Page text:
Prepared by the Fire Protection Committee of the Structural Engineering Institute of the American Society of Civil Engineers (ASCE), Structural Fire Engineering provides best practices for the field of performance-based structural fire engineering design.
This Manual of Practice (MOP) is a valuable resource for structural engineers, architects, building officials, and academics concerned with performance-based design for structural fire safety.
When structural systems are heated by fire, they experience thermal effects that are not contemplated by conventional structural engineering design. Traditionally, structural fire protection is prescribed for structures after they have been optimized for ambient design loads, such as gravity, wind, and seismic, among others. This century-old prescriptive framework endeavors to reduce the heating of individual structural components with the intent of mitigating the risk of structural failure under fire exposure.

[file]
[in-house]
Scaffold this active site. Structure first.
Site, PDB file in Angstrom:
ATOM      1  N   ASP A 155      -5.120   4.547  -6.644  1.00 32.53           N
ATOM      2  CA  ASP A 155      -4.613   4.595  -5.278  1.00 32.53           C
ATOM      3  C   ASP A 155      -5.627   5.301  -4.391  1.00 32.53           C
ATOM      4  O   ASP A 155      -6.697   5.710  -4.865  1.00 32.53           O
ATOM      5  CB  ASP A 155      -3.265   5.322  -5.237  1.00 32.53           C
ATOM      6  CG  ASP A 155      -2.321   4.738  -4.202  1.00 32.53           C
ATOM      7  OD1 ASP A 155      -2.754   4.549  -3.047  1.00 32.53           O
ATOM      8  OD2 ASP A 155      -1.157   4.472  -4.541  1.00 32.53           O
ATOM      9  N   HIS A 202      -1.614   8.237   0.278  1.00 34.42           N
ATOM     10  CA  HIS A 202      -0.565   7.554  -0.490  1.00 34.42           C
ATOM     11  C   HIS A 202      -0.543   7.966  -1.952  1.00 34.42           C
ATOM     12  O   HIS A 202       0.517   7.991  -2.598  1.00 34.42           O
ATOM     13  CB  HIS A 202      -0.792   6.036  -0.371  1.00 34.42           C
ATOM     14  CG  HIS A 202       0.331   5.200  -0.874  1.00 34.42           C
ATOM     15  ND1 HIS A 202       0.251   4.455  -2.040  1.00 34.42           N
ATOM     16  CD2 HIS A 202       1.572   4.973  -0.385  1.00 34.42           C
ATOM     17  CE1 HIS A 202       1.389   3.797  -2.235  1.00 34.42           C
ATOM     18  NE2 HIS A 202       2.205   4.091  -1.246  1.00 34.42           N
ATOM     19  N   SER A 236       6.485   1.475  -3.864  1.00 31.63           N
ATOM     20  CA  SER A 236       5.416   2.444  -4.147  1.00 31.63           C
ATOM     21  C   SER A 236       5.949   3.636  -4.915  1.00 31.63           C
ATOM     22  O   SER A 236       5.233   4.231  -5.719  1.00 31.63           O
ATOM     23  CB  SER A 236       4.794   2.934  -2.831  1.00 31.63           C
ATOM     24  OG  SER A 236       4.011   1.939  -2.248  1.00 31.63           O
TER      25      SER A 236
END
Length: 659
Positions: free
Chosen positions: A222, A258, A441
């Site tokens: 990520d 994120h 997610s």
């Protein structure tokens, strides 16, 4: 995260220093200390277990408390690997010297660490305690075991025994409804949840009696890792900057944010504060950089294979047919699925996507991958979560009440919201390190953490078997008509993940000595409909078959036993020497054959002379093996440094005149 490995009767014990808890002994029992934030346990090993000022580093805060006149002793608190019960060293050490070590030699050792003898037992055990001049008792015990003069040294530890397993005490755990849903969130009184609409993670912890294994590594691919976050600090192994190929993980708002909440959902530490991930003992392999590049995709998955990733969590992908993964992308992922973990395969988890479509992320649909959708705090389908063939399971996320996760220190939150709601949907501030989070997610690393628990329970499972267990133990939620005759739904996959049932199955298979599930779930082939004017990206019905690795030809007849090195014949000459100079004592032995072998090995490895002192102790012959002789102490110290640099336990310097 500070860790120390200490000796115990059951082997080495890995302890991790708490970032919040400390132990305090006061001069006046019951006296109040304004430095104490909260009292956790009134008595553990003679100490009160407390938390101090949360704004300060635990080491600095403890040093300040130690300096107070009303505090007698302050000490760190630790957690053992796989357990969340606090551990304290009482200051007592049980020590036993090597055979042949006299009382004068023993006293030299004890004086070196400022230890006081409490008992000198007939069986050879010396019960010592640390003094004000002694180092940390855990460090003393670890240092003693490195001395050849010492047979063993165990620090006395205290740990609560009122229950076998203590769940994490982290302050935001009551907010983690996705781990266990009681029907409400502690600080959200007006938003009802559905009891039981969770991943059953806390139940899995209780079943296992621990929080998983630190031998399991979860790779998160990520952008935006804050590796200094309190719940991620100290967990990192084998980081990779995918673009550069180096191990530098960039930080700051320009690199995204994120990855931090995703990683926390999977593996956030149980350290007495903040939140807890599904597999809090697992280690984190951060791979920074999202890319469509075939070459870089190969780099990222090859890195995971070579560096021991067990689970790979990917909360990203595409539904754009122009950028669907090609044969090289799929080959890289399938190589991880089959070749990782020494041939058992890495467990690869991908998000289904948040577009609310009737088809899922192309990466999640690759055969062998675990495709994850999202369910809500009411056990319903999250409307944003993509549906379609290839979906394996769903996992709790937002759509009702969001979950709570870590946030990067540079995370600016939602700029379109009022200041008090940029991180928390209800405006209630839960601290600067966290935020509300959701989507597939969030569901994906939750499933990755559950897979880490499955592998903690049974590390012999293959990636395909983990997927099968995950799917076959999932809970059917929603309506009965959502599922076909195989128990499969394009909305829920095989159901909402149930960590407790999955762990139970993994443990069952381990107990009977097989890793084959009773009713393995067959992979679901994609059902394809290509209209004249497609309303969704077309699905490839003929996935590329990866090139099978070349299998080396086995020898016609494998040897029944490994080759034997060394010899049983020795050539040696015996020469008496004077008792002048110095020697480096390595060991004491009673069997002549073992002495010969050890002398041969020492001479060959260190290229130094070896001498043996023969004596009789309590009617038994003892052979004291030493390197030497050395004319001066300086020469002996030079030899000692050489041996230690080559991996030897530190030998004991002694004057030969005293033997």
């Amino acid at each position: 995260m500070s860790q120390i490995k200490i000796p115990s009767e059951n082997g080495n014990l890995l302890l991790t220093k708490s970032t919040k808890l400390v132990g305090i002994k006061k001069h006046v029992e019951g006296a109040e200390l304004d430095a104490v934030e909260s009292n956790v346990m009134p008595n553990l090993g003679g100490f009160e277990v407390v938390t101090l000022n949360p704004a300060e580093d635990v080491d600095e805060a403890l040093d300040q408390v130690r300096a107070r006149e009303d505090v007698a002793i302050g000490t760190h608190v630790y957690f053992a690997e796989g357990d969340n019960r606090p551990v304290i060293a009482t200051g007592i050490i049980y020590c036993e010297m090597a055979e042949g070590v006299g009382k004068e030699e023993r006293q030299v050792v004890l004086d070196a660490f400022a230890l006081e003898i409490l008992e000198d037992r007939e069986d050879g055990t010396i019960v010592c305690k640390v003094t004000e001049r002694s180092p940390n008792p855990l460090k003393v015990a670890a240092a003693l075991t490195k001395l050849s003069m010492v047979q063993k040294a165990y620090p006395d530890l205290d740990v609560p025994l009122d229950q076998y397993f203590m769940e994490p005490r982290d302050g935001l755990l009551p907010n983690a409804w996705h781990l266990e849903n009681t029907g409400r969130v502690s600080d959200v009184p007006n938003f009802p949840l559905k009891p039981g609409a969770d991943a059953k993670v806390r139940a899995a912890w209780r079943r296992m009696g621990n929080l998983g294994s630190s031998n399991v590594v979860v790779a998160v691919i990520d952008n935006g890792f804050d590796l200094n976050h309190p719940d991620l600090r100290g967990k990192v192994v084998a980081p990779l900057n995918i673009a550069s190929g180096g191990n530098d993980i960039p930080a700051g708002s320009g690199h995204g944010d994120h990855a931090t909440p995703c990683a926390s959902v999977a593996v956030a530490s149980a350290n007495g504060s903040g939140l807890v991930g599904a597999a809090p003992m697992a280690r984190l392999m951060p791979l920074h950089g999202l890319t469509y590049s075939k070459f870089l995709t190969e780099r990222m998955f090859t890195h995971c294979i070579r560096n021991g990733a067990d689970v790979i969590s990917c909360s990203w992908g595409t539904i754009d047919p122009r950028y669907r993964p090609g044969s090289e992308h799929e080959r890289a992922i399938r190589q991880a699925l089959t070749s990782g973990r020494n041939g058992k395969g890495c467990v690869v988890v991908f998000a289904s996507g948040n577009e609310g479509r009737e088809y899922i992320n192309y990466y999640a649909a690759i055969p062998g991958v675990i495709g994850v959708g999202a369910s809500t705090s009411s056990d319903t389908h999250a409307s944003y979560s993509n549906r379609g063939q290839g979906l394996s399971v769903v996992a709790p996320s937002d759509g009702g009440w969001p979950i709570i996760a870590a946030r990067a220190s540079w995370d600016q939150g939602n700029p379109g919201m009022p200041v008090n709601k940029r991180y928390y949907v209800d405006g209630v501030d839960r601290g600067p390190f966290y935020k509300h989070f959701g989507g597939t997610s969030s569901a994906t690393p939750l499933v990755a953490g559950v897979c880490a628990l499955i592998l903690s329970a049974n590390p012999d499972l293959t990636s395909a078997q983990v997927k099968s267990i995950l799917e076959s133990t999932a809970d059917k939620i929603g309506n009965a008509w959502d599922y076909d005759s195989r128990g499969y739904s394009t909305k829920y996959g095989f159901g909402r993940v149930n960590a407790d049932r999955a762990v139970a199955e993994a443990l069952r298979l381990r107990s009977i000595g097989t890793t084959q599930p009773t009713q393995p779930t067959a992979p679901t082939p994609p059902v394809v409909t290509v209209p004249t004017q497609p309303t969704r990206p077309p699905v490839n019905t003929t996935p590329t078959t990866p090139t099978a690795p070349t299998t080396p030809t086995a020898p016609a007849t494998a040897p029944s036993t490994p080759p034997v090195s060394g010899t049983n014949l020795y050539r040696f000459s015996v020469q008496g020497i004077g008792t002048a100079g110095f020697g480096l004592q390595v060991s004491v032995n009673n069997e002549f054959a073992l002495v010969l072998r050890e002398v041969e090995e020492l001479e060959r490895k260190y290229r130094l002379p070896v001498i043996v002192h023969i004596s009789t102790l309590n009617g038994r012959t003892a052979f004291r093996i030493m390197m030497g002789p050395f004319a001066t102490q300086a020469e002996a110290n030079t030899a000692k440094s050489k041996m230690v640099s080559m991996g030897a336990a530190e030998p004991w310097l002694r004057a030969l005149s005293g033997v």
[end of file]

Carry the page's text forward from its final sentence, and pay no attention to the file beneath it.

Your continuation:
Accordingly, the vulnerability of buildings to structural failure from uncontrolled fire varies across jurisdictions–which have differing structural design requirements for ambient loads–and as a function of building system and component configuration. As an alternative approach, Standard ASCE 7-16 permits the application of performance-based structural fire design (also termed structural fire engineering design) to evaluate the performance of structural systems explicitly under fire exposure in a similar manner as other design loads are treated in structural engineering practice.
Structural fire engineering design is the calculated design of a structure to withstand the thermal load effects of fire, which have the potential to alter the integrity of a structure, based on specific performance criteria. The new 256-page hard cover manual, MOP 138, addresses the current practice, thermal and structural analysis methods, and available information to support structural fire engineering design.